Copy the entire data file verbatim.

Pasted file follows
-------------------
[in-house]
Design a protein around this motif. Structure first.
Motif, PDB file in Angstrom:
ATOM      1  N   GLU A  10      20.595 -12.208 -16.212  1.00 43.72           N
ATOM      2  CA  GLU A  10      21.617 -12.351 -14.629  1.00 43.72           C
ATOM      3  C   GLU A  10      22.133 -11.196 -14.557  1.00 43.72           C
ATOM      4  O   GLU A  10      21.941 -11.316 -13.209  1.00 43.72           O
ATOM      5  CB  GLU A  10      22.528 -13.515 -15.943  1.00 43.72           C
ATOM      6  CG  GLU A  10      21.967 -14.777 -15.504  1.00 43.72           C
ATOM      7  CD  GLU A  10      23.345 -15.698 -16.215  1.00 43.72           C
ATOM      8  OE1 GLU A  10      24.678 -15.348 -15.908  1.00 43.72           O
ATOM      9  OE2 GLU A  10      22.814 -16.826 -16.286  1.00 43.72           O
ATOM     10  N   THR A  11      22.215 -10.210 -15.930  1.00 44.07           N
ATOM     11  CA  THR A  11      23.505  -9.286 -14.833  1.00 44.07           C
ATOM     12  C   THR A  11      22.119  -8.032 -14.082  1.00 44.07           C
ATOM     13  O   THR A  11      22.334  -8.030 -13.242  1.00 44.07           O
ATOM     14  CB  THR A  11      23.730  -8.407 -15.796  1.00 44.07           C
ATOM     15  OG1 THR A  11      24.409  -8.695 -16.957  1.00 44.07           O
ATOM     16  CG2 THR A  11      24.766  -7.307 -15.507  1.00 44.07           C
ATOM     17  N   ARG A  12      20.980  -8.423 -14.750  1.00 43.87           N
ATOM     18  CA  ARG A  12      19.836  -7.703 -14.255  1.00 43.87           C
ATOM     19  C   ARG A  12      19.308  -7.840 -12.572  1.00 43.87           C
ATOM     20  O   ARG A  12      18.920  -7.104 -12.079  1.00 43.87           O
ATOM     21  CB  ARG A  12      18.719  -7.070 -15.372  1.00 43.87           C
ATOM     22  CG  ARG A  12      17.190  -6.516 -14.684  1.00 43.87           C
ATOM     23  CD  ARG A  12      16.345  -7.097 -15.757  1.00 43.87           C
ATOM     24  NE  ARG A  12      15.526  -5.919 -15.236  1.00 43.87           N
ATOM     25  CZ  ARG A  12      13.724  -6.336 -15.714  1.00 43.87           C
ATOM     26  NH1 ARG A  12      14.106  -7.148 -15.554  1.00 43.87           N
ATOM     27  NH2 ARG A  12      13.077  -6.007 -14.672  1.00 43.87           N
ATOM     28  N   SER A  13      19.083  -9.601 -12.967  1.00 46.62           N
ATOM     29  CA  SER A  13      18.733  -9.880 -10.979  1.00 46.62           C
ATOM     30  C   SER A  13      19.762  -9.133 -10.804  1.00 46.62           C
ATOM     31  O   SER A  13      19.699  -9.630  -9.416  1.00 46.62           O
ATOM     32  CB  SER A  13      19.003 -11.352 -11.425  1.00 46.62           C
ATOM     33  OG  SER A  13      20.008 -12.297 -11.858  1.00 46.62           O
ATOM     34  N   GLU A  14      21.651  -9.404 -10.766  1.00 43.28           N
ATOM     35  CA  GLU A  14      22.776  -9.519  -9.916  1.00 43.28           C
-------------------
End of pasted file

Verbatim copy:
[in-house]
Design a protein around this motif. Structure first.
Motif, PDB file in Angstrom:
ATOM      1  N   GLU A  10      20.595 -12.208 -16.212  1.00 43.72           N
ATOM      2  CA  GLU A  10      21.617 -12.351 -14.629  1.00 43.72           C
ATOM      3  C   GLU A  10      22.133 -11.196 -14.557  1.00 43.72           C
ATOM      4  O   GLU A  10      21.941 -11.316 -13.209  1.00 43.72           O
ATOM      5  CB  GLU A  10      22.528 -13.515 -15.943  1.00 43.72           C
ATOM      6  CG  GLU A  10      21.967 -14.777 -15.504  1.00 43.72           C
ATOM      7  CD  GLU A  10      23.345 -15.698 -16.215  1.00 43.72           C
ATOM      8  OE1 GLU A  10      24.678 -15.348 -15.908  1.00 43.72           O
ATOM      9  OE2 GLU A  10      22.814 -16.826 -16.286  1.00 43.72           O
ATOM     10  N   THR A  11      22.215 -10.210 -15.930  1.00 44.07           N
ATOM     11  CA  THR A  11      23.505  -9.286 -14.833  1.00 44.07           C
ATOM     12  C   THR A  11      22.119  -8.032 -14.082  1.00 44.07           C
ATOM     13  O   THR A  11      22.334  -8.030 -13.242  1.00 44.07           O
ATOM     14  CB  THR A  11      23.730  -8.407 -15.796  1.00 44.07           C
ATOM     15  OG1 THR A  11      24.409  -8.695 -16.957  1.00 44.07           O
ATOM     16  CG2 THR A  11      24.766  -7.307 -15.507  1.00 44.07           C
ATOM     17  N   ARG A  12      20.980  -8.423 -14.750  1.00 43.87           N
ATOM     18  CA  ARG A  12      19.836  -7.703 -14.255  1.00 43.87           C
ATOM     19  C   ARG A  12      19.308  -7.840 -12.572  1.00 43.87           C
ATOM     20  O   ARG A  12      18.920  -7.104 -12.079  1.00 43.87           O
ATOM     21  CB  ARG A  12      18.719  -7.070 -15.372  1.00 43.87           C
ATOM     22  CG  ARG A  12      17.190  -6.516 -14.684  1.00 43.87           C
ATOM     23  CD  ARG A  12      16.345  -7.097 -15.757  1.00 43.87           C
ATOM     24  NE  ARG A  12      15.526  -5.919 -15.236  1.00 43.87           N
ATOM     25  CZ  ARG A  12      13.724  -6.336 -15.714  1.00 43.87           C
ATOM     26  NH1 ARG A  12      14.106  -7.148 -15.554  1.00 43.87           N
ATOM     27  NH2 ARG A  12      13.077  -6.007 -14.672  1.00 43.87           N
ATOM     28  N   SER A  13      19.083  -9.601 -12.967  1.00 46.62           N
ATOM     29  CA  SER A  13      18.733  -9.880 -10.979  1.00 46.62           C
ATOM     30  C   SER A  13      19.762  -9.133 -10.804  1.00 46.62           C
ATOM     31  O   SER A  13      19.699  -9.630  -9.416  1.00 46.62           O
ATOM     32  CB  SER A  13      19.003 -11.352 -11.425  1.00 46.62           C
ATOM     33  OG  SER A  13      20.008 -12.297 -11.858  1.00 46.62           O
ATOM     34  N   GLU A  14      21.651  -9.404 -10.766  1.00 43.28           N
ATOM     35  CA  GLU A  14      22.776  -9.519  -9.916  1.00 43.28           C